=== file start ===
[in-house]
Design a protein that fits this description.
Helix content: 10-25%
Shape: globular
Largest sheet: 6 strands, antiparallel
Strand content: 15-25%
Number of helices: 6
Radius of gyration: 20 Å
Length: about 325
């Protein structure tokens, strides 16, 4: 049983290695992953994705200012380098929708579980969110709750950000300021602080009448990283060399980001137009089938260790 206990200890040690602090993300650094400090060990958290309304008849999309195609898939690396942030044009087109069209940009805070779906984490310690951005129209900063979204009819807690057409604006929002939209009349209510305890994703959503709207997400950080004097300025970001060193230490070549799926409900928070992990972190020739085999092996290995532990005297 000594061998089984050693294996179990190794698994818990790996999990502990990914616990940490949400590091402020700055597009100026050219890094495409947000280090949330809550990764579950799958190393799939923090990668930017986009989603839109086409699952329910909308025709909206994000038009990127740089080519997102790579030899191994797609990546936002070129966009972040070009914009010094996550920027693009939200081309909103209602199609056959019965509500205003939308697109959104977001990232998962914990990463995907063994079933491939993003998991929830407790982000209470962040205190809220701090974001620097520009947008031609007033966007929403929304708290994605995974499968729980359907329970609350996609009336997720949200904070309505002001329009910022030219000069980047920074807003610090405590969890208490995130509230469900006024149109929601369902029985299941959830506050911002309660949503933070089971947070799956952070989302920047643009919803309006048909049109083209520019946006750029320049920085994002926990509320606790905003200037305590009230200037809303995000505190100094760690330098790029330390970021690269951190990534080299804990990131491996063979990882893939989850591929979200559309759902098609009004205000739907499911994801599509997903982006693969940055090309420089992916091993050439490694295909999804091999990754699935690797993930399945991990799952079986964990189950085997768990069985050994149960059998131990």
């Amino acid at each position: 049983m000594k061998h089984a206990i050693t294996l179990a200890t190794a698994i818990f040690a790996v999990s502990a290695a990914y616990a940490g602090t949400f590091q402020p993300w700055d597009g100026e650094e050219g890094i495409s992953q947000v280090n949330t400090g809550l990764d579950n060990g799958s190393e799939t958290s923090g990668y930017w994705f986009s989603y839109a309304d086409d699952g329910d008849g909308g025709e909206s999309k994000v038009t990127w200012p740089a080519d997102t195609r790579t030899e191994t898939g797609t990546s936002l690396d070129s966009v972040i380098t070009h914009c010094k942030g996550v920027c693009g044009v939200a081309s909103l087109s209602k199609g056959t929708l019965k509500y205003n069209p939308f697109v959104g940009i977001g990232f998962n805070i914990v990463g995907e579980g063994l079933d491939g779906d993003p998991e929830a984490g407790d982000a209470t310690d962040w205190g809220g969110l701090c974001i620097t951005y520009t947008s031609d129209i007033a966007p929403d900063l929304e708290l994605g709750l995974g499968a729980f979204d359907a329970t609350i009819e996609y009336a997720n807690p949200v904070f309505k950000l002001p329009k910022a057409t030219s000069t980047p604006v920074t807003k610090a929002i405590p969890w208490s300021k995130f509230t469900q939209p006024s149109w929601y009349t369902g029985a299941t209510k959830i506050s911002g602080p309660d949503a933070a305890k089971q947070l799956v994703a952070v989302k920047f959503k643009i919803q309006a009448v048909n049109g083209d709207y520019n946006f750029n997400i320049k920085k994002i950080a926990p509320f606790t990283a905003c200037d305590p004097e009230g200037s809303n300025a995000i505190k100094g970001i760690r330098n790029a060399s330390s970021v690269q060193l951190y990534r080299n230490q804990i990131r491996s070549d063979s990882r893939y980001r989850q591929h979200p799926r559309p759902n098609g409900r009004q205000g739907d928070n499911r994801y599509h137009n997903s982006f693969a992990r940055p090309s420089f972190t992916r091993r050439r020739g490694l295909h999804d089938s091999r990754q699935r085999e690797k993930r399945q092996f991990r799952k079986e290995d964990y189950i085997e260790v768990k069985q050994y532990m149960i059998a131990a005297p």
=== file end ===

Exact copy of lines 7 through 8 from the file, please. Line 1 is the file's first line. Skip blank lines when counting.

Number of helices: 6
Radius of gyration: 20 Å